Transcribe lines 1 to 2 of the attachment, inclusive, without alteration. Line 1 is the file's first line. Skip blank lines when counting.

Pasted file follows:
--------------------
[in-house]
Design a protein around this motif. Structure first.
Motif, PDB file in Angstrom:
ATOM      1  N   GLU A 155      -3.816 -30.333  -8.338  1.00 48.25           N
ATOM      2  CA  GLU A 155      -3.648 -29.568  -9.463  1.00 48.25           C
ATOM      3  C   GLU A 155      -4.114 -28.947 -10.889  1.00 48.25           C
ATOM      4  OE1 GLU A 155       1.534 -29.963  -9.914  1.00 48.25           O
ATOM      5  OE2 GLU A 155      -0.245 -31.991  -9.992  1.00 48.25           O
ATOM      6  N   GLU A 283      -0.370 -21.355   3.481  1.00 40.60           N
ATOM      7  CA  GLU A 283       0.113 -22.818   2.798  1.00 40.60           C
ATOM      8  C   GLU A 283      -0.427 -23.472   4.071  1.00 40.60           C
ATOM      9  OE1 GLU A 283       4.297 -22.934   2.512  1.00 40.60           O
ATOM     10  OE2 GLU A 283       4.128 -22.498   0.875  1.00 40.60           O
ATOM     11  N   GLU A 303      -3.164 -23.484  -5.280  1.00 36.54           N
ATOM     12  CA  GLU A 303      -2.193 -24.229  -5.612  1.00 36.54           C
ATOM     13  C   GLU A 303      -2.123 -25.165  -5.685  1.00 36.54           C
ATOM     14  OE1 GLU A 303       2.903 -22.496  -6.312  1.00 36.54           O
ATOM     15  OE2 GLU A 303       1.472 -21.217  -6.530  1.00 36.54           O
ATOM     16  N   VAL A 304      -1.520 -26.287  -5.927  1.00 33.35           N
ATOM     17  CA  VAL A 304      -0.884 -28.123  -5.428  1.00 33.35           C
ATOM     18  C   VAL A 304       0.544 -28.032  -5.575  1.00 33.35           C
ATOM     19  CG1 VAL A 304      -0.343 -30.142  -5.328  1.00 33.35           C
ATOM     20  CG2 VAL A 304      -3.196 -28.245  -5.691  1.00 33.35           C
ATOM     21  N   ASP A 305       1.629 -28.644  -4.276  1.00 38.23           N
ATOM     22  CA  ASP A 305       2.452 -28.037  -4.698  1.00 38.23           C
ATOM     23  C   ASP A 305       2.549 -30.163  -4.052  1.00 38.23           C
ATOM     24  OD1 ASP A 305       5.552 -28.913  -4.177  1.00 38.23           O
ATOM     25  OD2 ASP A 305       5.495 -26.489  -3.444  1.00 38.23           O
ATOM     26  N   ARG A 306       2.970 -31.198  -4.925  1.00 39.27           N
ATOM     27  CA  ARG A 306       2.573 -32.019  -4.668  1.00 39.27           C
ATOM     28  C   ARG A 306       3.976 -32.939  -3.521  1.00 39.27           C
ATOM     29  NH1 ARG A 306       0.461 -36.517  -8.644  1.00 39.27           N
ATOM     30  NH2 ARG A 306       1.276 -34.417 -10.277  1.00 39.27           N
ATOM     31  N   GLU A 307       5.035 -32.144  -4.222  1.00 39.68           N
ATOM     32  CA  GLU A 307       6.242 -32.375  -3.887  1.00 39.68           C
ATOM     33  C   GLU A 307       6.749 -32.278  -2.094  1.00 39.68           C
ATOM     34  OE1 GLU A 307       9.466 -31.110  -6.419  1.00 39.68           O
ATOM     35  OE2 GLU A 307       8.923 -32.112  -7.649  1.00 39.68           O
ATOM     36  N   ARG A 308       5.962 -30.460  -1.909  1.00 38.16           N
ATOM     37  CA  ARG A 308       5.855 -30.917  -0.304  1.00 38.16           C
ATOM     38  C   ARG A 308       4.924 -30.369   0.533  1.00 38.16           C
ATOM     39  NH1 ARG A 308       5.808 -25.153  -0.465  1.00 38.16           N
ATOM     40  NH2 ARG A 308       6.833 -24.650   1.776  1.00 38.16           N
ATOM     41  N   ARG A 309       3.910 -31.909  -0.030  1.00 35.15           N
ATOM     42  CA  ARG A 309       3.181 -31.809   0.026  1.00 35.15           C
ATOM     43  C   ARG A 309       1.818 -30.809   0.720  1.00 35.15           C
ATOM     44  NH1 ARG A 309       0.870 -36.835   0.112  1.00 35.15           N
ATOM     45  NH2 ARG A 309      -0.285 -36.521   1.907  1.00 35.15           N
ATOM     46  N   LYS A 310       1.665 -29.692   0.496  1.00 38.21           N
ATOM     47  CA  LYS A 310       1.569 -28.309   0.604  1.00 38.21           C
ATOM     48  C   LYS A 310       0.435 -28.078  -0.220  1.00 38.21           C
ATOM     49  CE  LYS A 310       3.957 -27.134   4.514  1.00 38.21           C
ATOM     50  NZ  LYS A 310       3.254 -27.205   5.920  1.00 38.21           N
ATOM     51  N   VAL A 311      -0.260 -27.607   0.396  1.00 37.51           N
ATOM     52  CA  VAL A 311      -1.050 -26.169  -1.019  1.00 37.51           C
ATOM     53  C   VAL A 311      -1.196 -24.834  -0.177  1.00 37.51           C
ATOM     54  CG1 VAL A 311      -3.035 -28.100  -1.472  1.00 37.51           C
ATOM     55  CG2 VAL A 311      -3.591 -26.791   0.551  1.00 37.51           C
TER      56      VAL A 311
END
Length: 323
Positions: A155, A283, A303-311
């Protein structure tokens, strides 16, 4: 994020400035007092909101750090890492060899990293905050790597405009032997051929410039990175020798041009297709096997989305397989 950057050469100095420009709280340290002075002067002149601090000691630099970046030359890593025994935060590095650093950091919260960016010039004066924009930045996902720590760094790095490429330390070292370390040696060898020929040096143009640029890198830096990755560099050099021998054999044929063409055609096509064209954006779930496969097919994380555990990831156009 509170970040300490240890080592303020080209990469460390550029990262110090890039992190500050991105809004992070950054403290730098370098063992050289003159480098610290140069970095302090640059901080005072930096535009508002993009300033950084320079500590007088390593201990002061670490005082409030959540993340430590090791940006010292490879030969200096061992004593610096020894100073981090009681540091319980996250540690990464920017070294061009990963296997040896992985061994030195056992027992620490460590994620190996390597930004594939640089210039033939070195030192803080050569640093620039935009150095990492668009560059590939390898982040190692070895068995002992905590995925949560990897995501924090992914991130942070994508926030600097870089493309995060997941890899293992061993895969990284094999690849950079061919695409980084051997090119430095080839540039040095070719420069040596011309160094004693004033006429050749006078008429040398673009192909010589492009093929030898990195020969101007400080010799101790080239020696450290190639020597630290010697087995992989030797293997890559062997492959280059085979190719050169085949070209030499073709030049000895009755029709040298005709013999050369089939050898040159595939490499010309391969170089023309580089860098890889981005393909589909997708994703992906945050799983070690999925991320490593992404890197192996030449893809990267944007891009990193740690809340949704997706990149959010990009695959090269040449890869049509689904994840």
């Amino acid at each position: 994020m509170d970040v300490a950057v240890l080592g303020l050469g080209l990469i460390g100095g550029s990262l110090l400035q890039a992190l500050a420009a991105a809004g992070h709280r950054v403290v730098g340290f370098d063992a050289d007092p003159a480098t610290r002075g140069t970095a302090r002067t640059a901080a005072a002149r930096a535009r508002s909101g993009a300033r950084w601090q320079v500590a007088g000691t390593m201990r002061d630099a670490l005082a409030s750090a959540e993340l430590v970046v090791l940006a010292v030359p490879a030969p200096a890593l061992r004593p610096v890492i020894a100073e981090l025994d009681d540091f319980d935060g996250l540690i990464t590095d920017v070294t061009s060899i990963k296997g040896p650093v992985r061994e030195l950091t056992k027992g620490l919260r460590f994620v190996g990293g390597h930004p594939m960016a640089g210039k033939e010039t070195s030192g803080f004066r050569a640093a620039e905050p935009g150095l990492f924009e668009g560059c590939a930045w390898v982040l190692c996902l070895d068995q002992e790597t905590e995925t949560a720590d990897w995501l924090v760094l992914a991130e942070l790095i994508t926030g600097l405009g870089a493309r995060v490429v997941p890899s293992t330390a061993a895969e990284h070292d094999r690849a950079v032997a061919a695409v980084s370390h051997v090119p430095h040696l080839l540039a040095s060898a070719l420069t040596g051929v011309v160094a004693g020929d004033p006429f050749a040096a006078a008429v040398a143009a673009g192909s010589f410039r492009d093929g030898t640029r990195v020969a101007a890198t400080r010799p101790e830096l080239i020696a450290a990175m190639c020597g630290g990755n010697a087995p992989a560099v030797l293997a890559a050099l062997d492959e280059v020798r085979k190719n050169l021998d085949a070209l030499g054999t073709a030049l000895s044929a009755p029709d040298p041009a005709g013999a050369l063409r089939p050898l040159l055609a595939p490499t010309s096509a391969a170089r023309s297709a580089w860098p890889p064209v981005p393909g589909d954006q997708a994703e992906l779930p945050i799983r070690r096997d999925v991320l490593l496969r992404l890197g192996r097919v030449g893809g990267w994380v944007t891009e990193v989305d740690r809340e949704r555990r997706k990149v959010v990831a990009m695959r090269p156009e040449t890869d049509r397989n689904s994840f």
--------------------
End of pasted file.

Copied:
[in-house]
Design a protein around this motif. Structure first.